Getting to Know You

In the wake of the nation’s spate of terrible shootings, there’s been a lot in the news about mental health, suicidal impulses and the like.

My fictive mind began toying with an idea: Suppose a disturbed youngster came to spend a week with a grandmother at a retirement community like the one where I make my home. If Gram was a very wise old lady, she might do some good. I would try to phrase my short story so the reader thought she MIGHT be helping, but avoid a decisive Gram-fixed-that.

I also tried a style I’ve used successfully on occasion in the past: Tell the story entirely in dialogue. It doesn’t always work, but I like the idea of having the reader visualize what the protagonists look like, how they sound, where they are — all the elements that a writer of fiction usually provides to set the stage.

That technique worked, and the story was soon told. I offered it to OpenDoor Magazine, which has published my work before — and which had a theme for this month’s submissions: mental health!

It’s out today, with my story featured on the cover. You can download the entire virtual issue ==>>here, and scroll down to page 107

Or read it ==>>right here at my blog


Splitting the difference

There’s a writers-and-poets group that meets monthly here at Seabury, often sharing short pieces prompted by a theme our leader offers. Whatever the prompt was in May, my fictive imagination conjured up an older man (not quite as ancient as I) working up an appetite to make firewood of a tree felled in his yard — and looking forward to his loving wife’s massaging away the aches of seldom-used muscles.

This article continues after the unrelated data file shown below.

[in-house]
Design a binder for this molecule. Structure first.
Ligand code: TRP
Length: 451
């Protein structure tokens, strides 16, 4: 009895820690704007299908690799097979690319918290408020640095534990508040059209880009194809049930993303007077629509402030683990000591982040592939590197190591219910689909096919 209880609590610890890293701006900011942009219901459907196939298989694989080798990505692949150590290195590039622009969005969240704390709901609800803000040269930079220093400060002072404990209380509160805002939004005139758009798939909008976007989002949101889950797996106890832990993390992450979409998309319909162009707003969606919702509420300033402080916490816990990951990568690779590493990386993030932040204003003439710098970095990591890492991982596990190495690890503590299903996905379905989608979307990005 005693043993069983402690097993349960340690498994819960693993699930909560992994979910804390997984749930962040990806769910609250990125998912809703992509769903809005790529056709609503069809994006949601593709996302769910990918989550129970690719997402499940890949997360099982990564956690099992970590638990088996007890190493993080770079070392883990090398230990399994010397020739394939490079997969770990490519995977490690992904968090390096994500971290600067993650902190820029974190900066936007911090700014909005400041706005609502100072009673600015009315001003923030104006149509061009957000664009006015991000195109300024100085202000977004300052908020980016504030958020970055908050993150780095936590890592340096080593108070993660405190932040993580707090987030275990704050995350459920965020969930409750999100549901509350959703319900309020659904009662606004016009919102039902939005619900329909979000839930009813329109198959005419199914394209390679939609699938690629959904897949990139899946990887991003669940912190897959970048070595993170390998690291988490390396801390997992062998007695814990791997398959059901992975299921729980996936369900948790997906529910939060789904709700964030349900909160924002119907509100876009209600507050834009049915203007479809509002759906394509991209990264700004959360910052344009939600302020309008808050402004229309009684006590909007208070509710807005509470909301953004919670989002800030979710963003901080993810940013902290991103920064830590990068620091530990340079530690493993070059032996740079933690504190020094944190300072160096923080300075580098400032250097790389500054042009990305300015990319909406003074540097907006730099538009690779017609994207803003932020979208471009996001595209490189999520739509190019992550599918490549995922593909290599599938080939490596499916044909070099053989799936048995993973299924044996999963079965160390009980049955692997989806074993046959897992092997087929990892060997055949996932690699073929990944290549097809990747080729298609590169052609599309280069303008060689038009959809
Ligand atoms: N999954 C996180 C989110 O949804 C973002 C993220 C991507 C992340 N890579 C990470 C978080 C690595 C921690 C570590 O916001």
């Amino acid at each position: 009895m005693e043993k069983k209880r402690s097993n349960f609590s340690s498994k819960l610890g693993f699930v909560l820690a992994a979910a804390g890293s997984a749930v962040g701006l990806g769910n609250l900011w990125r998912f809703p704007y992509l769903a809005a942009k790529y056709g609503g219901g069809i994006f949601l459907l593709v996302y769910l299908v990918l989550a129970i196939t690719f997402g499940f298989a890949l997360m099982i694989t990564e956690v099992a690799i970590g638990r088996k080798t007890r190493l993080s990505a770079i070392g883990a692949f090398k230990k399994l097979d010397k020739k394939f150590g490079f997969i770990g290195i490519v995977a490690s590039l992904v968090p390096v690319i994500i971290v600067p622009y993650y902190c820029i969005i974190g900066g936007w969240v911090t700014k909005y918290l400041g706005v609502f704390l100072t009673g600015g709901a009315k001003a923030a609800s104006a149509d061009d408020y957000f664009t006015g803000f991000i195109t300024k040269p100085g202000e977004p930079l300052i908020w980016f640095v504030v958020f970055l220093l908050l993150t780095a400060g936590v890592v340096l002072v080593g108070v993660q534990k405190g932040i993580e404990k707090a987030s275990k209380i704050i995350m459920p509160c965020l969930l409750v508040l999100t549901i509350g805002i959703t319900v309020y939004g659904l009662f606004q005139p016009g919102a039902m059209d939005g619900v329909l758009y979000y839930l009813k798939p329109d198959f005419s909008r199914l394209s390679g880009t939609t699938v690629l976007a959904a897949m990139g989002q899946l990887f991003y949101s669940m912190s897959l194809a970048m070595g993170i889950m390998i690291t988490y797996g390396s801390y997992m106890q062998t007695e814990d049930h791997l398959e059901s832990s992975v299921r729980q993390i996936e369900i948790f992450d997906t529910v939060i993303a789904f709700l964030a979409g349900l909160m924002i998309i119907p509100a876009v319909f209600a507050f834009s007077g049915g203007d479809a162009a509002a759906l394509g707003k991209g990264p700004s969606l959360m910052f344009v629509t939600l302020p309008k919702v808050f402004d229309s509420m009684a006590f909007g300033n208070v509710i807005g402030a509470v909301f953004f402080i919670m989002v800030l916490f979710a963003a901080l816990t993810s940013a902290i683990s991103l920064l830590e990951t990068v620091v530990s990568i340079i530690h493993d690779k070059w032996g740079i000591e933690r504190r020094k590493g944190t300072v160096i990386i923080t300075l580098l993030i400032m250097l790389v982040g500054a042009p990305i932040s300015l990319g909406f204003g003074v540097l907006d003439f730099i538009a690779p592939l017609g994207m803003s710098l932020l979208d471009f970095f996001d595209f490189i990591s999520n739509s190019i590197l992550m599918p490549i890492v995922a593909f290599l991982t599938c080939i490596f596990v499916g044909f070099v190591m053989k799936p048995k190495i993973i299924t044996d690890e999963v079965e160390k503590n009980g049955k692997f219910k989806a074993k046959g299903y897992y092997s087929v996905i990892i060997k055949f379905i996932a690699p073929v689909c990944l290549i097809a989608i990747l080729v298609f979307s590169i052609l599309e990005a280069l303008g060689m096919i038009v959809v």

My friends liked the story and its unexpected ending, and offered a few suggestions. I tweaked the piece accordingly and offered it to a magazine that’s taken a few of my stories, Flora Fiction, whose theme for the summer issue was “desire.”

They thought my story fit the theme; it’s out now. You can read it online  ==>>here, and scroll to page 32. Or it may be easier to read ==>>right here



A different kind of debt collector

I knew when I started writing Penances that it would be a hard sell: Suggesting that Saint Peter might create a role for a former Mafia enforcer was impious if not sacrilegious. But the idea tickled my imagination; having tiptoed into irreverent territory, I decided to have fun embellishing my blasphemy.

Zimbell House, which had published several of my stories, invited stories on a “debt collector” theme, but wanted 4,500-word pieces. When I told my story in half that, and didn’t see any point to padding it, Zimbell’s editors put my Penances on their maybe-yes list, but ultimately decided against it. A bunch of others turned it down; nobody said so, but I suspect they didn’t like mocking anyone’s faith.

Then Caustic Frolic, the literary journal of the NYU graduate school of arts and humanities, invited stories on the theme of “limbo.” They’d already published two other pieces of mine, and I was confident they’d take this. They did, and it’s out now: Read it ==>>here


If her past caught up with an old lady